I was recently contacted with an offer to fund the porting of some of my code. I think the assumption was that I was still releasing under a permissive license (MIT). That got me thinking about sponsored relicensing, the idea of being paid to relicense code under less restrictive terms.
What appeals to me now is the idea of relicensing a version of software when the costs of developing and maintaining that version have been met.
The model would look something like this:
- The initial software is developed, and the developers keep a tally of their development costs (e.g. time spent multiplied by an hourly or daily rate).
- The software is released under a restrictive public license (e.g. non-commercial).
- The developers sell exceptions to the restrictive license via a private license (e.g. commercial license). Those who want to use the software under a permissive license can collectively sponsor relicensing by buying private licenses.
- When the total sales revenue reaches the cumulative development cost of a version of the software, that version is relicensed under a permissive license.
- The developers make improvements to the restrictively licensed software. This can happen regardless of whether a relicensing event has occurred. As with 0., track development costs for the new version.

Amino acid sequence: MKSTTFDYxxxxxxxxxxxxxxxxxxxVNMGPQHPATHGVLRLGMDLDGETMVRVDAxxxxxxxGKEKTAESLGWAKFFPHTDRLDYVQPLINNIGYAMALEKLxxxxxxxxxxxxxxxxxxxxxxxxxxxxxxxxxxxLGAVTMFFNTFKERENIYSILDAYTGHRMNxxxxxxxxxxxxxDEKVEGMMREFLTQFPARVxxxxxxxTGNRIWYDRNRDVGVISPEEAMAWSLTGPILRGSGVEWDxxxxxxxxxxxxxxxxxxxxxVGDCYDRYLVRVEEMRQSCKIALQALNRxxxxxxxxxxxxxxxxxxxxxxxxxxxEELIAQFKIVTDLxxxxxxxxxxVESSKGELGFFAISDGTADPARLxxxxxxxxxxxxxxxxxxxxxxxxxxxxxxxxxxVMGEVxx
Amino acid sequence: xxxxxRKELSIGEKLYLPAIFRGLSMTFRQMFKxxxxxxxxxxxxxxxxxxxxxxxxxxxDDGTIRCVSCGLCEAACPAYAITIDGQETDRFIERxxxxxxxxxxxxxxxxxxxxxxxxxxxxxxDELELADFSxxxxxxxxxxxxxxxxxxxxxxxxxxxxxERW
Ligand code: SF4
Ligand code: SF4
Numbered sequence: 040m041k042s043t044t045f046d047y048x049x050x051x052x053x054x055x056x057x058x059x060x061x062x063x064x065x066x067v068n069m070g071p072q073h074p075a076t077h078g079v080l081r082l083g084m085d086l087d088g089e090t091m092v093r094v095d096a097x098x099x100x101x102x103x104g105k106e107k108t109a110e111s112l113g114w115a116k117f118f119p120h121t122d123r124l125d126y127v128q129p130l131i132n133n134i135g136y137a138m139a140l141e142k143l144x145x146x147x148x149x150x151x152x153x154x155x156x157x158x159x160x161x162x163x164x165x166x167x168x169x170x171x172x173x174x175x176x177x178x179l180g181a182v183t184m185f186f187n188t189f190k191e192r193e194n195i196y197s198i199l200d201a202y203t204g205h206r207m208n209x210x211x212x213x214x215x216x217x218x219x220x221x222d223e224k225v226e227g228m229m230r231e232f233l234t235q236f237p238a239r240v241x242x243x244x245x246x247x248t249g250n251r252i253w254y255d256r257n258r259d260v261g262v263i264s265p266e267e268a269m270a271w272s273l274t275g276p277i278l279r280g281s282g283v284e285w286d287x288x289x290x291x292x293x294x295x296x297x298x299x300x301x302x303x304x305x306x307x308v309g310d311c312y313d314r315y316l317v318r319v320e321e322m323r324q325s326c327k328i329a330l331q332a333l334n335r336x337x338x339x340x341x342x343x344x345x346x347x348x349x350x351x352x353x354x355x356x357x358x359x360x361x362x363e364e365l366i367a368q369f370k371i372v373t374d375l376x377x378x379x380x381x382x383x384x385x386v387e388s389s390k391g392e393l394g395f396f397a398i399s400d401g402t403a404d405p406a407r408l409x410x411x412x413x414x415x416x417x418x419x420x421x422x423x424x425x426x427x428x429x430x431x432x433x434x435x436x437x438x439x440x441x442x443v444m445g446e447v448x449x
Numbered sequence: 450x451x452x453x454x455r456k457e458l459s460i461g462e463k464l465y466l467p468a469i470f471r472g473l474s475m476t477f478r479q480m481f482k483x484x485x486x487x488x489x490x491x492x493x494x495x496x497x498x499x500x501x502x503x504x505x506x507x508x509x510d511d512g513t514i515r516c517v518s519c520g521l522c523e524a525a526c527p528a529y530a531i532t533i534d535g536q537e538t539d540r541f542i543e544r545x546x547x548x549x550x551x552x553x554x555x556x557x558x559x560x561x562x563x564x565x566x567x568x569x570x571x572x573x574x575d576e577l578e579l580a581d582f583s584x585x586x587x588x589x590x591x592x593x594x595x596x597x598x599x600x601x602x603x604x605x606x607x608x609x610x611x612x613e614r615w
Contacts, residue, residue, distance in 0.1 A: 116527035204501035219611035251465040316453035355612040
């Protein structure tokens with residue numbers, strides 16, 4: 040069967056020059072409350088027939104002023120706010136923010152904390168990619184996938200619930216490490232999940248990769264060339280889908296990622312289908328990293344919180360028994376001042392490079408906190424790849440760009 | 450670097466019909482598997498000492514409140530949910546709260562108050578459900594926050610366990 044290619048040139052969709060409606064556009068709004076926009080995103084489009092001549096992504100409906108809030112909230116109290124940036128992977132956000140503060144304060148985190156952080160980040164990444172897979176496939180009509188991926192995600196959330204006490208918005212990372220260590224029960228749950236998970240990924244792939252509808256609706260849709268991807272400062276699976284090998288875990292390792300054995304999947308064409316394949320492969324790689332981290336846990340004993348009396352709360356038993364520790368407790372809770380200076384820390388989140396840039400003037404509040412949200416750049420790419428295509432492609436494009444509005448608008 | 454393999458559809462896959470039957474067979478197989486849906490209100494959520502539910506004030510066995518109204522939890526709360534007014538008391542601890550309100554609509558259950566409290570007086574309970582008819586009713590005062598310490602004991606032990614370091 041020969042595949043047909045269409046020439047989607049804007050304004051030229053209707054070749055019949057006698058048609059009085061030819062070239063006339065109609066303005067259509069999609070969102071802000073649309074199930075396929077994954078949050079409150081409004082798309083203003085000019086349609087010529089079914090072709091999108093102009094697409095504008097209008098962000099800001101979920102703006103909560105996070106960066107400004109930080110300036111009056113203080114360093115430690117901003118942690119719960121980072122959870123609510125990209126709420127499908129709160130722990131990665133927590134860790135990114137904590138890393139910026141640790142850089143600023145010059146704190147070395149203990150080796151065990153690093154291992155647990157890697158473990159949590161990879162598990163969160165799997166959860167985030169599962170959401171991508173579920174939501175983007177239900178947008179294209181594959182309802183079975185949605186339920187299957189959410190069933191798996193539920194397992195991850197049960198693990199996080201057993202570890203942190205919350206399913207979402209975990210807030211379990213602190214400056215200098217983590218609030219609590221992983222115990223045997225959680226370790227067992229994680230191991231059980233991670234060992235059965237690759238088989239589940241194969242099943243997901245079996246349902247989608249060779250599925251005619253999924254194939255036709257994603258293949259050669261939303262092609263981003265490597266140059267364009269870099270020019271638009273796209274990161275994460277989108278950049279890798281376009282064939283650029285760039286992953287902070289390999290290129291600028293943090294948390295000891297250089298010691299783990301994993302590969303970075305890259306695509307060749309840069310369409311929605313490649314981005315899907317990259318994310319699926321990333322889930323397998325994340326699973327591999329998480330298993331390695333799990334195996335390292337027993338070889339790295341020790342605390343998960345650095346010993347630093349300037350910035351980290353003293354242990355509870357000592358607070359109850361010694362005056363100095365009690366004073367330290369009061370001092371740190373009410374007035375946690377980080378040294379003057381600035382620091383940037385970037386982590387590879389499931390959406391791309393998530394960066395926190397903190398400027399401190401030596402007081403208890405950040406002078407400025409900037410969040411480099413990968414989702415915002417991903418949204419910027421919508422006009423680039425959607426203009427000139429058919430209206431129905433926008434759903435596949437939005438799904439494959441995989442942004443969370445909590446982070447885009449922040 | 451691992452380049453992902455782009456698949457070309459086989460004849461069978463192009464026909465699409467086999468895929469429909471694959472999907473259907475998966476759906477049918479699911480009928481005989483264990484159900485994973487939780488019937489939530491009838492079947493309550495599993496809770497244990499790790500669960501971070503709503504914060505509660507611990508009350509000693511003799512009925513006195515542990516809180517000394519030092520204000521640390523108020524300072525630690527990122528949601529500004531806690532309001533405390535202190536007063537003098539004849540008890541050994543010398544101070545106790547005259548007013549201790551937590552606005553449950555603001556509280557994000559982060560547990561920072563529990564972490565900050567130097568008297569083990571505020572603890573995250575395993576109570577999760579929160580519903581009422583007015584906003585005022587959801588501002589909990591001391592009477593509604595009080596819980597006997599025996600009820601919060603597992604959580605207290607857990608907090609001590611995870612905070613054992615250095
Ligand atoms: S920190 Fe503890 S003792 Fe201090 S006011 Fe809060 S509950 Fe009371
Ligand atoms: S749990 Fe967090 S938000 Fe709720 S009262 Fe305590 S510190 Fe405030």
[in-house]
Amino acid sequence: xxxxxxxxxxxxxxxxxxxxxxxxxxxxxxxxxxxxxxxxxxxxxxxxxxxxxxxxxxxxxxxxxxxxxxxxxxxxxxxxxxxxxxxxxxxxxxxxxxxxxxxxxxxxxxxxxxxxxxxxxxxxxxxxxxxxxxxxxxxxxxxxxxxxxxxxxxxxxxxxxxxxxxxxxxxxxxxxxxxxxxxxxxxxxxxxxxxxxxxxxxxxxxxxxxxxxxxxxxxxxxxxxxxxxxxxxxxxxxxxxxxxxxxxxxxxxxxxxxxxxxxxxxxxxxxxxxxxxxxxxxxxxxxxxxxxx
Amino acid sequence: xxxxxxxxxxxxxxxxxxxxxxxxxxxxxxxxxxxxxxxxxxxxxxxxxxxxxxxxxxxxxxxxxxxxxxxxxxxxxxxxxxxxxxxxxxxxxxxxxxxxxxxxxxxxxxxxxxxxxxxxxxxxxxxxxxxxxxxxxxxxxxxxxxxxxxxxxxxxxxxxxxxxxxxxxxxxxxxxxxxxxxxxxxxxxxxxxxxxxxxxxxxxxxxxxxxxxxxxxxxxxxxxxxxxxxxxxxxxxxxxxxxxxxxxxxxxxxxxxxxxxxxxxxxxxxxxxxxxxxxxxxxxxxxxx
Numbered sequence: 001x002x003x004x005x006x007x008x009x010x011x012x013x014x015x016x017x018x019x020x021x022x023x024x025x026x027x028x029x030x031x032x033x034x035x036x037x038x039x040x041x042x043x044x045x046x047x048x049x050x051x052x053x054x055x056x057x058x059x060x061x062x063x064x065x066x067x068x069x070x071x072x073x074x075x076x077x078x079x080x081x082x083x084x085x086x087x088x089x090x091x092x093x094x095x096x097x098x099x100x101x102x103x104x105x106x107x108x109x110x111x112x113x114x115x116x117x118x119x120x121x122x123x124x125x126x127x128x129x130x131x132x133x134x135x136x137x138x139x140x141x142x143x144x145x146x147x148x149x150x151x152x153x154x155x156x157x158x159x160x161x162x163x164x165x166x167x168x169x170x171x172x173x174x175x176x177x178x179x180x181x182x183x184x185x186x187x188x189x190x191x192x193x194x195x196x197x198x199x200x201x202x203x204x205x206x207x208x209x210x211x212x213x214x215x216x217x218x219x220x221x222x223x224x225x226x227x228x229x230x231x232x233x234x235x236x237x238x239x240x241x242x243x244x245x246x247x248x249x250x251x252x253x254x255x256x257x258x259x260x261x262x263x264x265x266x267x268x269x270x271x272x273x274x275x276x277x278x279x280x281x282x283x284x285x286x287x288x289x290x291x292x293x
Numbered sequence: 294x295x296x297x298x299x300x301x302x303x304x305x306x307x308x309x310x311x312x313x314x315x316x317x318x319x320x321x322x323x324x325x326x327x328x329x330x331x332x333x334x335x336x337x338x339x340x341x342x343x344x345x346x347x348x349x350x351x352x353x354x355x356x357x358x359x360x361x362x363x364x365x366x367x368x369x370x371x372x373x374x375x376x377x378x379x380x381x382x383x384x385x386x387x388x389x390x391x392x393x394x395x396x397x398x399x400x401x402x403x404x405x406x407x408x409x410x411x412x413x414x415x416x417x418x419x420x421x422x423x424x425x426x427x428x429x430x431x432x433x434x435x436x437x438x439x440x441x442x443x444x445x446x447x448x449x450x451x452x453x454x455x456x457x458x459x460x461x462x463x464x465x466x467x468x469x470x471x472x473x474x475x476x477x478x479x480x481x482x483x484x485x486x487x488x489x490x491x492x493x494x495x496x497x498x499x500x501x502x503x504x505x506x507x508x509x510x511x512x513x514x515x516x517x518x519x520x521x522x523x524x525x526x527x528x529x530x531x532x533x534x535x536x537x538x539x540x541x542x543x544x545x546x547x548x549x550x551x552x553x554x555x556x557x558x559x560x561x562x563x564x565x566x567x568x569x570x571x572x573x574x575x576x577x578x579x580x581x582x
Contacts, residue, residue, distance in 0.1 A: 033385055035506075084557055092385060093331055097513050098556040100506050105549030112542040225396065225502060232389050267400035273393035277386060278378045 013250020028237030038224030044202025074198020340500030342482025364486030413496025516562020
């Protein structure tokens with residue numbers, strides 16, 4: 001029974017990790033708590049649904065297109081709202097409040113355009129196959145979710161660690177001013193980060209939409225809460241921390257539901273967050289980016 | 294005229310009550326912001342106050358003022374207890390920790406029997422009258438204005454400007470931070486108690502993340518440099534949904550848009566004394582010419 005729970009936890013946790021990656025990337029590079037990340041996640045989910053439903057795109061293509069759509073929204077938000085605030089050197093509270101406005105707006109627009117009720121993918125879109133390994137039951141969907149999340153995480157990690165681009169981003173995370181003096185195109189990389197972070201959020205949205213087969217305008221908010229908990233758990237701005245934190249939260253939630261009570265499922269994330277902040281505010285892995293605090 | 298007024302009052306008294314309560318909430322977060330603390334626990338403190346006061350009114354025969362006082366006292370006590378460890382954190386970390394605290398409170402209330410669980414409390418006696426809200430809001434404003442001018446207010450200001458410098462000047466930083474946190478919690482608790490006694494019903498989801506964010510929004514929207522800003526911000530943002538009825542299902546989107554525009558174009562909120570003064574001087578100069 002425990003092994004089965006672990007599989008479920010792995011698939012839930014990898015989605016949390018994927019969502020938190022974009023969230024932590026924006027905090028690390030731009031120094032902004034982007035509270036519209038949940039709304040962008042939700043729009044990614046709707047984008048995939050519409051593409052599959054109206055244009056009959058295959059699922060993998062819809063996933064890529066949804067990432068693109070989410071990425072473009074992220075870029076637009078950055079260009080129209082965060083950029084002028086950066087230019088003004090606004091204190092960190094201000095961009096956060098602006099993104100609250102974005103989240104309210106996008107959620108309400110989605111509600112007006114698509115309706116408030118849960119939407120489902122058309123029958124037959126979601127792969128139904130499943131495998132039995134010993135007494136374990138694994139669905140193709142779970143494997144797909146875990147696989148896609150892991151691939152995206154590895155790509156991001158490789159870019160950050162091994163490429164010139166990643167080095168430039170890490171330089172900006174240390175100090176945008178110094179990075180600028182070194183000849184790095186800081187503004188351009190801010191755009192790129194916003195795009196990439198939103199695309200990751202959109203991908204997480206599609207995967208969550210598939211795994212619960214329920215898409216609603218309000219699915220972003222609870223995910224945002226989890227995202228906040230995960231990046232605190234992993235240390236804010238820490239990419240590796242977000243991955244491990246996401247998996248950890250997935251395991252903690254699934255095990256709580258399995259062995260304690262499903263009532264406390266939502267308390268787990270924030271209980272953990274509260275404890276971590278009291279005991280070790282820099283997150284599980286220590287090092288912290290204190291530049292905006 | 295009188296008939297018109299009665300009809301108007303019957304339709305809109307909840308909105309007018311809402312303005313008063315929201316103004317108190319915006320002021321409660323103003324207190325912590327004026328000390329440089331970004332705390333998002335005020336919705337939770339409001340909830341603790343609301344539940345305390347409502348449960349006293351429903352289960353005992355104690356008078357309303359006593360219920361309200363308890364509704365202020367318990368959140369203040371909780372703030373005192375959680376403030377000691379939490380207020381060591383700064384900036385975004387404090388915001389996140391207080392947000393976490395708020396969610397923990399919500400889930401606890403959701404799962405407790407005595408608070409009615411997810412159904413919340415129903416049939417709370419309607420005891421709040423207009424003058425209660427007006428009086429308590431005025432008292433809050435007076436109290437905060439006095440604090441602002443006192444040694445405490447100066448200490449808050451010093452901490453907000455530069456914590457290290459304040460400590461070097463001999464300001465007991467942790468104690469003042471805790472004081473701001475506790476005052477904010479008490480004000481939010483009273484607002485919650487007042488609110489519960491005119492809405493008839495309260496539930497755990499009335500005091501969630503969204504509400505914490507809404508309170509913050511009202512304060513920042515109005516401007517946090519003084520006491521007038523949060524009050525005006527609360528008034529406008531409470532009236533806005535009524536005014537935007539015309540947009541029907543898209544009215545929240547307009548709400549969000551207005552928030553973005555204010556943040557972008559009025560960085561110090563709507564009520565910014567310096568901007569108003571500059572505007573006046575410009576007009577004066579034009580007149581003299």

- GOTO 1.
Time spent on unpaid support, and any other maintenance costs, would need to be factored into the total cost of a version of the software.
It might make sense to have clear branding separation between the commercial/non-commercial and permissive versions. Perhaps different code namespaces too. For example, ProductPro and OpenProduct.
I’m hoping that this would result in a win-win situation. Each version of the software could eventually be released under an OSI-approved “open source” license, but only after the developers have been paid what they consider to be a fair rate.
I can’t remember the details of License Zero’s versioning and relicensing, so I’m not sure whether this model would have been compatible.
Other related models that come to mind are Sponsorware, and the Business Source License.
Does anyone have examples of people using this kind of iterative relicensing model?
One potential downside would be, if it’s the kind of software that doesn’t need much on-going development, then this model could result in lower long-term revenue. That doesn’t bother me, personally.
Are there any other obvious disadvantages?